Buried Treasures: Four Student Pieces

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I’ve taught radio storytelling for 15 years which means I’ve shepherded many pieces. Lots, like four or five hundred.

I’ve aired a bunch of student work on HowSound over the years but I’ve hardly made a dent in the pile. So, this episode marks the first of what I suspect will be many episodes to come where I present good student stories, well told, along with a few thoughts on what I think stands out about the pieces. I’m calling this one “Buried Treasures.” (For full disclosure, the title is a complete and utter rip-off of Sound Opinions, which does the same thing from time to time.)

The first story features a series of blistering rides with a pizza delivery guy in Portland, Maine. The piece is called It’s Pizza Time and was produced by Alex Malmude. Alex was a student at the Salt Institute for Documentary Studies in 2009. These days she makes clothes for a living, most recently swimsuits. She told me that on her way to Burning Man this year, she recorded prairie dog “chirrups.” Radio never leaves your blood.

The second piece is a complete turnaround in terms of tone — Under Water. It’s a story of personal transformation as told by a photographer who takes pictures of water lilies. It comes from Brigitta Greene, a Transom Story Workshop student in 2013. Brigitta now works as a producer for Minnesota Public Radio.

“The Movie-Goer” is my third selection. The humor in this story is so dry it’s practically a desert. The Movie-Goer was produced in a week this summer at a Transom Traveling Workshop. Andrew Leland is the producer. He’s also the host of The Organist podcast and a contributing editor for The Believer magazine.

Last is an ear-bruising story about an internationally known grindcore punk rock record label in Hyannis, Massachusetts — a surprising location, hence the title of the piece Punk in the Unlikeliest Places. Mary Decker produced this for WCAI’s Creative Life series when she was a student at the Transom Story Workshop in 2014. Mary now lives in Vancouver, British Columbia, where she manages a vegan restaurant and produces radio stories.

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  • Deepak Singh

    9.09.15

    Reply

    Excellent episode by Rob. I am a big fan of HowSound

  • Rob Rosenthal

    9.09.15

    Reply

    Thanks, Deepak! Much obliged. — r

  • the true storytellers

    9.10.15

    Reply

    Howsound is one of my favourite podcasts (perhaps my favourite even). I never felt let down when I listen. There’s always something to take away. I’m intrigued by how you dissect radio stories Rob. You do it with such precision. I’ve been making long-form radio documentaries for about 6-8 years. I discovered telling stories through sound after being a print journalist for some time. Now having completed a PhD I’m suddenly an academic, teaching radio to university students. I’ve only been teaching for six months and I’m finding that your podcast helps me to be a better teacher. On my way to work I’m not only hearing wonderful and insightful stories but I’m getting a lesson in developing a critical ear at the same time. So thank you. I’m almost afraid to ask this, but I feel it might be beneficial for my own practice as a radio documentary maker: I wonder if you’d dissect one of my documentaries, not necessarily publicly, but I’d be most interested to hear what you think. In any case, keep up the great work. Your students make amazing radio stories.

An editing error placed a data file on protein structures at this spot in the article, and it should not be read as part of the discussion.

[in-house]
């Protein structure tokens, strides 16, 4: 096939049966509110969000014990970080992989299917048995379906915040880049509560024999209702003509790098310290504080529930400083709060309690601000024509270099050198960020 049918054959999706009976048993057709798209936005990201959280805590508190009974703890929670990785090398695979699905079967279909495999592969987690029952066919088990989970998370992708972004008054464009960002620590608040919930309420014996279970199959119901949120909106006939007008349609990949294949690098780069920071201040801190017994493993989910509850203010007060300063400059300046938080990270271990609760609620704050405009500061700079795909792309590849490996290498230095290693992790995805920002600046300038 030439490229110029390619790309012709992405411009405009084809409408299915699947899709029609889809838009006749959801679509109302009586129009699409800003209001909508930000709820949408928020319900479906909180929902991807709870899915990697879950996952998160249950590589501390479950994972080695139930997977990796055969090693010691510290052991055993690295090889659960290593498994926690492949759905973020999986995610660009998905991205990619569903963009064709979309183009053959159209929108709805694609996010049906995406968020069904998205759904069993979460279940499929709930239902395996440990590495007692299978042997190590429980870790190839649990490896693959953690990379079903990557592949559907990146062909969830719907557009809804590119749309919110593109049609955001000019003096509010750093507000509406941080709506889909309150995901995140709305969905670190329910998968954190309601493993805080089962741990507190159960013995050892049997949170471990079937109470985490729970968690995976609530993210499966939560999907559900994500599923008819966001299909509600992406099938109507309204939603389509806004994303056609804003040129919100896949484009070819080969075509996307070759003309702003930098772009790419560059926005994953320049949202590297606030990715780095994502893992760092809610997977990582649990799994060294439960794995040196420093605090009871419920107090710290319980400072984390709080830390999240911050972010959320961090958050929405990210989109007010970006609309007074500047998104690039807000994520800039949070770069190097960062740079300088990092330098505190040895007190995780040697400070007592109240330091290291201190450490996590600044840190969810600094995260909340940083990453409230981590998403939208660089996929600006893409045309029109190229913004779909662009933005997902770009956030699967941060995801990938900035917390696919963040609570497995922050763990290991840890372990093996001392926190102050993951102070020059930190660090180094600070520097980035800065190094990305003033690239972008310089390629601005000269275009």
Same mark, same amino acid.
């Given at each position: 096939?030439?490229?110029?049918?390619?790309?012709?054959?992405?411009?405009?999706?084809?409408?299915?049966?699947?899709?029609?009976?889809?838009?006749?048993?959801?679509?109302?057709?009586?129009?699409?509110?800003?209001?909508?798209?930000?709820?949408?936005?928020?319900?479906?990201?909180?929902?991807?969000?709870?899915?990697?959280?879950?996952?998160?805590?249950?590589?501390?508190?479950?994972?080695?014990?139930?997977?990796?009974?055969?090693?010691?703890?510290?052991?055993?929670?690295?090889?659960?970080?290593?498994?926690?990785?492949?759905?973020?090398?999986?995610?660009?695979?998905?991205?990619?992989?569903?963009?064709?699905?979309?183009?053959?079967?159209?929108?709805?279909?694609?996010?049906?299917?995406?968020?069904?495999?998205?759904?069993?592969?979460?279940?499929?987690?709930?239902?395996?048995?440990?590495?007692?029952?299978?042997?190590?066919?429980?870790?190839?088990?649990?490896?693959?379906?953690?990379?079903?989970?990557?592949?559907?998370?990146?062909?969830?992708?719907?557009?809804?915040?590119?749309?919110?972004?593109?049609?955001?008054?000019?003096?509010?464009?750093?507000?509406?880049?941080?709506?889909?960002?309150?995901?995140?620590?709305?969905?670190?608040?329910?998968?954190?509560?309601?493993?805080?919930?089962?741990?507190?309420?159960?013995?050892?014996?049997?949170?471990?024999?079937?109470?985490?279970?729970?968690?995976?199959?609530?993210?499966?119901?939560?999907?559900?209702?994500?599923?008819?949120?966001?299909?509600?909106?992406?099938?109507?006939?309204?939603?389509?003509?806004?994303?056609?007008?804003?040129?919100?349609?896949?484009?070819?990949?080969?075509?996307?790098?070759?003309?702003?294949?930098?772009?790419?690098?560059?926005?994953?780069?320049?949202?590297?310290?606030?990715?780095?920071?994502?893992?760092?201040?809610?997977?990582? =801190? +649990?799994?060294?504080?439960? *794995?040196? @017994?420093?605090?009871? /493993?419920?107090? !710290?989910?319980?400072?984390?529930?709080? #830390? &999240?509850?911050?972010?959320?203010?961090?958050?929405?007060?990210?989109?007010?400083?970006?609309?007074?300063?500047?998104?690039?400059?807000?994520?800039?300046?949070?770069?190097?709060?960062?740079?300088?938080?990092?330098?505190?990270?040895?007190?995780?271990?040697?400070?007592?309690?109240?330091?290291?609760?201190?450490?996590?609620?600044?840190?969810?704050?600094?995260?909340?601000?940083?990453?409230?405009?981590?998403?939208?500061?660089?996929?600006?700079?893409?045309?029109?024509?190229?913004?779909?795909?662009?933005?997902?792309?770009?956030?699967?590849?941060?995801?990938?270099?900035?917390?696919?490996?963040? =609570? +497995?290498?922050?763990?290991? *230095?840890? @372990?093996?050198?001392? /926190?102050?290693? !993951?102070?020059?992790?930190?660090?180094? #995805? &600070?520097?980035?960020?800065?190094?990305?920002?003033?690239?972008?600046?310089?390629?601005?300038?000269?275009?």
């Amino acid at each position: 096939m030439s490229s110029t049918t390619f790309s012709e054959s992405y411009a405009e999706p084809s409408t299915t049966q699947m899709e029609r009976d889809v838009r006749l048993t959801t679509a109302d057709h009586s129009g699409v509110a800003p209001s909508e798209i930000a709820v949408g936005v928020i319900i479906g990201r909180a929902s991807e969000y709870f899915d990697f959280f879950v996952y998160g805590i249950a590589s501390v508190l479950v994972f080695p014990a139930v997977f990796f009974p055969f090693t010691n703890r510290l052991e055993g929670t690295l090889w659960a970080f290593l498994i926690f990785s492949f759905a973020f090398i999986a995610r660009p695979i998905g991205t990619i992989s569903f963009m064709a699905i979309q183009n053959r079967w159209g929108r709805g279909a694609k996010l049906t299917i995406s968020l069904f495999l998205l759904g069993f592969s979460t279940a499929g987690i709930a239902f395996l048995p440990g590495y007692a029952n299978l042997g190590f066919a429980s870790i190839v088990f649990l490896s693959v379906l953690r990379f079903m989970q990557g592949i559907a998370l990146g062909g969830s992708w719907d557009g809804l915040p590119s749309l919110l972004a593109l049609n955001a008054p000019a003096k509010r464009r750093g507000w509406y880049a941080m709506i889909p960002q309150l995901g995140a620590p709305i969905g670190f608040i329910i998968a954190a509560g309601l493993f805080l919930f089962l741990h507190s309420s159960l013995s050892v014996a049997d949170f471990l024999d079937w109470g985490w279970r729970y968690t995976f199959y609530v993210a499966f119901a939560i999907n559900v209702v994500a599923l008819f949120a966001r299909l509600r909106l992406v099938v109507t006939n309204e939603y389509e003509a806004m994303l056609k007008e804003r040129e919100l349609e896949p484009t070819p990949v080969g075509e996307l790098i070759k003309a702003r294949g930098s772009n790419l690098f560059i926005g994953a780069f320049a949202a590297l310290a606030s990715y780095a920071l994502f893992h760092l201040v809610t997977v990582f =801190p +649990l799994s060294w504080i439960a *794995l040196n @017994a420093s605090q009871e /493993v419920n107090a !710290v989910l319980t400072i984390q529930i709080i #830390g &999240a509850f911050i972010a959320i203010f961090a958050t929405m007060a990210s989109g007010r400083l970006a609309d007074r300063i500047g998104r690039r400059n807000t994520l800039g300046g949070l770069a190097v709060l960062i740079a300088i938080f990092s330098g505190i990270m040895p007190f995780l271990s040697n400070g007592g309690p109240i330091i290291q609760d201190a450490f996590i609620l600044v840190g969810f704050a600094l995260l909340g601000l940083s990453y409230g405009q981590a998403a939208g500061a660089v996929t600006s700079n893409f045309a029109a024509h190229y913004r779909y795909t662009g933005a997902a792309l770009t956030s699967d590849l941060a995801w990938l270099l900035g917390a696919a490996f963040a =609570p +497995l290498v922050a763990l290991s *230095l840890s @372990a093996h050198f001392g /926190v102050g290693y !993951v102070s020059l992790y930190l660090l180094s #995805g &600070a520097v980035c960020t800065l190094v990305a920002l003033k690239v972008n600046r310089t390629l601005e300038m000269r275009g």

• Helene Thomas

    9.10.15

    Reply

    I realised my WordPress account is way out of date, I changed my username from ‘the true storytellers’ to my actual name which is Helene Thomas.

  • Rob Rosenthal

    9.11.15

    Reply

    Hi Helene,

    Thanks for your more-than-generous comments about HowSound. And, it’s great to hear you find it useful for your classes. That’s great news.

    If you’d like to share a link to your work, I’ll do what I can to listen.

    Best,
    Rob

  • Helene Thomas

    9.14.15

    Reply

    I can imagine you have a long list of pieces you would like to listen to Rob, so I understand you may not get around to listening. In case you do though, here are two to choose from.

    Having listened to the kind of work you do like, I have a feeling you’d be more into the second one, it’s called ‘Can I fix your bucket?’ The story centres around a bucket fixer who roams the slums of Kigali in Rwanda repairing people’s broken plastic buckets, but along the way we meet other characters. It was broadcast on Australian public radio in 2011, whereas the other one was broadcast last year, and is about a serial murder case of sex workers in Rwanda. It’s called A Silent Tragedy.

    Both are just over 50-minutes.

    I look forward to your next podcast.

    Bye for now,

    Helene

    A Silent Tragedy http://www.abc.net.au/radionational/programs/360/a-silent-tragedy/5338592

    Can I Fix Your Bucket? http://www.abc.net.au/radionational/programs/360/can-i-fix-your-bucket/2930352

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